On Sept. 25, a Mississippi woman was collecting berries in the woods when she was confronted by a venomous snake, not really statistics.
Now, the blonde wood rattlesnake is safe in captivity, and soon the public will be able to see it.
“Me and my friend Matt Brewer and my twin girls were taking muscadine,” said Daniel Ladner of Yazu County. “I was going to make muscadine jelly.
“We were leaving and getting ready to load, and I bent down to pick up the mascadines and I looked up and there he was – 2 feet from my face at eye level. He was right there.”
Ladner said his response was terror.
“I don’t get along well with snakes,” Ladner said. “Taj.
“I’m scared of them. One of my twins is fearless so I went into mama-mode so I could get him away from it.”
Ladner grabs his brave-year-old daughter and jumps into the utility car next door; The other girl was scared and was already inside. Ladner said the blonde snake was not something she had never seen and decided to take pictures of it, although she could barely keep her phone still because of her trembling.
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Protect rare snakes
Ladner said the pictures were sent to a herpetologist who explained that it was very rare. When he realized that he had encountered something unusual, the creature began to grow on him.
“I talked to my dad all night on Saturday about what’s good for snakes,” he said. “It’s not like a normal snake. I didn’t want him to die.”
The snakes and staff came to find it the next afternoon to report to Ladner’s Mississippi Department of Wildlife, Fisheries and Parks, but failed. After making sure it was still in the area, Ladner and his father continued the search and within minutes it was found and agency staff returned to retrieve it.
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Snakes are not real albino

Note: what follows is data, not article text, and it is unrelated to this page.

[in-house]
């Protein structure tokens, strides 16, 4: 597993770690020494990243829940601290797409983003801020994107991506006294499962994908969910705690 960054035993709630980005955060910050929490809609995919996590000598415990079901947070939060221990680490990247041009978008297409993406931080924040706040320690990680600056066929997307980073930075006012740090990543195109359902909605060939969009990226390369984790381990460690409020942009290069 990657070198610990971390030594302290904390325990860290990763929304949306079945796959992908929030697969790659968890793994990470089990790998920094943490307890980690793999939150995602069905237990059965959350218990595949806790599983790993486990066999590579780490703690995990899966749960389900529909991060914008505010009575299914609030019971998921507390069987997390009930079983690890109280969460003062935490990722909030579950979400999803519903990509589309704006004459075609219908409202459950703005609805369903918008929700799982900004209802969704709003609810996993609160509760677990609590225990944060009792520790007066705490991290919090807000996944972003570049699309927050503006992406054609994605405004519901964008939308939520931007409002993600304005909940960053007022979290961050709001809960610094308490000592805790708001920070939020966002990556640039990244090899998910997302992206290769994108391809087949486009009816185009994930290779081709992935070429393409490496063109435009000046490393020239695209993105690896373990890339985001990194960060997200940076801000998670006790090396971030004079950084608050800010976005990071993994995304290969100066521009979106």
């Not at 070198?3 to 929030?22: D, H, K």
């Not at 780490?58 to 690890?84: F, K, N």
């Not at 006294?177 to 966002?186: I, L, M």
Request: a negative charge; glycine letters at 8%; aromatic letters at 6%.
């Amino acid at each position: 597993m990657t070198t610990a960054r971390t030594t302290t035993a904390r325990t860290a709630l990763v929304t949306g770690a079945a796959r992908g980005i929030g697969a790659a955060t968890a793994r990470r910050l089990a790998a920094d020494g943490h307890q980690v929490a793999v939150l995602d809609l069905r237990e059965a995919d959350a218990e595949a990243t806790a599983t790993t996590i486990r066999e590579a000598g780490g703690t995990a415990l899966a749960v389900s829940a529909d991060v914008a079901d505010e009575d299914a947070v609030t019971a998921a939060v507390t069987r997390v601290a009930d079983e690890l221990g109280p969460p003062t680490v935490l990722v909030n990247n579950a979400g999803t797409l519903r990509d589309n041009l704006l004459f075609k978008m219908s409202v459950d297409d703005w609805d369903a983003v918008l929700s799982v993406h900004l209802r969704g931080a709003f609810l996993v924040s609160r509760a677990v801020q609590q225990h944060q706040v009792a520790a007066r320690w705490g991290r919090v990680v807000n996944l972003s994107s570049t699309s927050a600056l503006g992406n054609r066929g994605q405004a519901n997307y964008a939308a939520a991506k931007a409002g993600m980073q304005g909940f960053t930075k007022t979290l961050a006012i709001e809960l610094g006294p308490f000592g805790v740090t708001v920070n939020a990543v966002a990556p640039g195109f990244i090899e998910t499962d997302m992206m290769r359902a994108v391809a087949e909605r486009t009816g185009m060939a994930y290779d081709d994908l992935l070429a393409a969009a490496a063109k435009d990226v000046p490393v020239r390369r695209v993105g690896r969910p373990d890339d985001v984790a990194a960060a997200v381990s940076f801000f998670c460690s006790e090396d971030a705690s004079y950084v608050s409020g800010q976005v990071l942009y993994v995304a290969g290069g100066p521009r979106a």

Terry Vandeventer, a herpetologist in Terry, Mississippi, explains that snakes have one of two possible genetic conditions; T positive albinism or hypomelanism. Both produce a limited range of colors on snake skin. So, the snake is not a real albino because other colors remain. In any case, he said, the chances of one being confronted are so low that they cannot be counted.
“It’s an absolutely rare thing,” Vandeventer said. “Thousands of babies will be born before a pop-up.”
So, the adversity at that time is one in a few thousand, but they go down from there because the snake does not wear camouflage like its normal siblings and is more sensitive to prey.
“In a normal litter, most don’t make it,” Vandeventer said. “Most baby snakes don’t make it, but they did. No one knows how rare it is.”
Where and when to see snakes
The snake was taken to the Mississippi Museum of Natural Science in Jackson where the cold-blooded reptile received a warm reception.
“He’s very humble,” said Jamie Merrill, a conservation biologist who works with the museum. “Since he’s here he hasn’t made a fuss.
“She’s very curious and sees what we do. I’m already in love.”
Although it is in the museum, the public will see it a few weeks earlier.
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